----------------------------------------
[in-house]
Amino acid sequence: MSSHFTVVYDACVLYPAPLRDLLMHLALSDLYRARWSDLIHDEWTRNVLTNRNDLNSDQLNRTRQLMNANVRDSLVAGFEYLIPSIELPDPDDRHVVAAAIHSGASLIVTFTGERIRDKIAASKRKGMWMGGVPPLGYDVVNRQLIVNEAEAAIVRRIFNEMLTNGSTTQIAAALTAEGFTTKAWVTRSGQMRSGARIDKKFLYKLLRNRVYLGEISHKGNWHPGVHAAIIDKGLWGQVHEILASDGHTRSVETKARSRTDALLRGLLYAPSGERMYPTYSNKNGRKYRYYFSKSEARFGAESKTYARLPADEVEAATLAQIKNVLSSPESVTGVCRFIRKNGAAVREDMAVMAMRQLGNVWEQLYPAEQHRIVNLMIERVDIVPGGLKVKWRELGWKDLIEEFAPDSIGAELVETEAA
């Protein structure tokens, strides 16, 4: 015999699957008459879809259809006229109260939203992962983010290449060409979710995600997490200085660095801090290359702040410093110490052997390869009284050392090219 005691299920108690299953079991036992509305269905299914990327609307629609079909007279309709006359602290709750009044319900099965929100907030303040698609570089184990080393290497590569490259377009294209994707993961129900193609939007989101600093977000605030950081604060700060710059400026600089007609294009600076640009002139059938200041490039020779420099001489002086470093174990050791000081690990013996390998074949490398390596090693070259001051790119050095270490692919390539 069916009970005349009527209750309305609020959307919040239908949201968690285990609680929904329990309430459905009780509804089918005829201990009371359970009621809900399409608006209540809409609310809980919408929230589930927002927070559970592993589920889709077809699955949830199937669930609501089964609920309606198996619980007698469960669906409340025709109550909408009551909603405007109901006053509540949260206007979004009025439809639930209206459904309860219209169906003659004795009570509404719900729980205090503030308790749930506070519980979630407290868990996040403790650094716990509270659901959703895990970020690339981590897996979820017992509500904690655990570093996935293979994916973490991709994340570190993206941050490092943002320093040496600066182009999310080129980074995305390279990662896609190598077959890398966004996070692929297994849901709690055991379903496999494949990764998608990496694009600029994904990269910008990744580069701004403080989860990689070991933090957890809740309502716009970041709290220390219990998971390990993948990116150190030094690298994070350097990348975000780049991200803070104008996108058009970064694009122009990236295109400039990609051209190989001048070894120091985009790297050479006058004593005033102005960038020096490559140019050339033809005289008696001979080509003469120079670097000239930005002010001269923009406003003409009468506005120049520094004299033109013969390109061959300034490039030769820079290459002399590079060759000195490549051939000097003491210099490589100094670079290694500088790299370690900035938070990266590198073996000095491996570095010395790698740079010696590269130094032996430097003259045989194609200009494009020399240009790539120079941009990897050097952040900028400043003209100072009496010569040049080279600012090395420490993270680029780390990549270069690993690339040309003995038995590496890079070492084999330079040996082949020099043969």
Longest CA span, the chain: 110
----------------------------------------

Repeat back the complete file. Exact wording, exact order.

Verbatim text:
[in-house]
Amino acid sequence: MSSHFTVVYDACVLYPAPLRDLLMHLALSDLYRARWSDLIHDEWTRNVLTNRNDLNSDQLNRTRQLMNANVRDSLVAGFEYLIPSIELPDPDDRHVVAAAIHSGASLIVTFTGERIRDKIAASKRKGMWMGGVPPLGYDVVNRQLIVNEAEAAIVRRIFNEMLTNGSTTQIAAALTAEGFTTKAWVTRSGQMRSGARIDKKFLYKLLRNRVYLGEISHKGNWHPGVHAAIIDKGLWGQVHEILASDGHTRSVETKARSRTDALLRGLLYAPSGERMYPTYSNKNGRKYRYYFSKSEARFGAESKTYARLPADEVEAATLAQIKNVLSSPESVTGVCRFIRKNGAAVREDMAVMAMRQLGNVWEQLYPAEQHRIVNLMIERVDIVPGGLKVKWRELGWKDLIEEFAPDSIGAELVETEAA
């Protein structure tokens, strides 16, 4: 015999699957008459879809259809006229109260939203992962983010290449060409979710995600997490200085660095801090290359702040410093110490052997390869009284050392090219 005691299920108690299953079991036992509305269905299914990327609307629609079909007279309709006359602290709750009044319900099965929100907030303040698609570089184990080393290497590569490259377009294209994707993961129900193609939007989101600093977000605030950081604060700060710059400026600089007609294009600076640009002139059938200041490039020779420099001489002086470093174990050791000081690990013996390998074949490398390596090693070259001051790119050095270490692919390539 069916009970005349009527209750309305609020959307919040239908949201968690285990609680929904329990309430459905009780509804089918005829201990009371359970009621809900399409608006209540809409609310809980919408929230589930927002927070559970592993589920889709077809699955949830199937669930609501089964609920309606198996619980007698469960669906409340025709109550909408009551909603405007109901006053509540949260206007979004009025439809639930209206459904309860219209169906003659004795009570509404719900729980205090503030308790749930506070519980979630407290868990996040403790650094716990509270659901959703895990970020690339981590897996979820017992509500904690655990570093996935293979994916973490991709994340570190993206941050490092943002320093040496600066182009999310080129980074995305390279990662896609190598077959890398966004996070692929297994849901709690055991379903496999494949990764998608990496694009600029994904990269910008990744580069701004403080989860990689070991933090957890809740309502716009970041709290220390219990998971390990993948990116150190030094690298994070350097990348975000780049991200803070104008996108058009970064694009122009990236295109400039990609051209190989001048070894120091985009790297050479006058004593005033102005960038020096490559140019050339033809005289008696001979080509003469120079670097000239930005002010001269923009406003003409009468506005120049520094004299033109013969390109061959300034490039030769820079290459002399590079060759000195490549051939000097003491210099490589100094670079290694500088790299370690900035938070990266590198073996000095491996570095010395790698740079010696590269130094032996430097003259045989194609200009494009020399240009790539120079941009990897050097952040900028400043003209100072009496010569040049080279600012090395420490993270680029780390990549270069690993690339040309003995038995590496890079070492084999330079040996082949020099043969």
Longest CA span, the chain: 110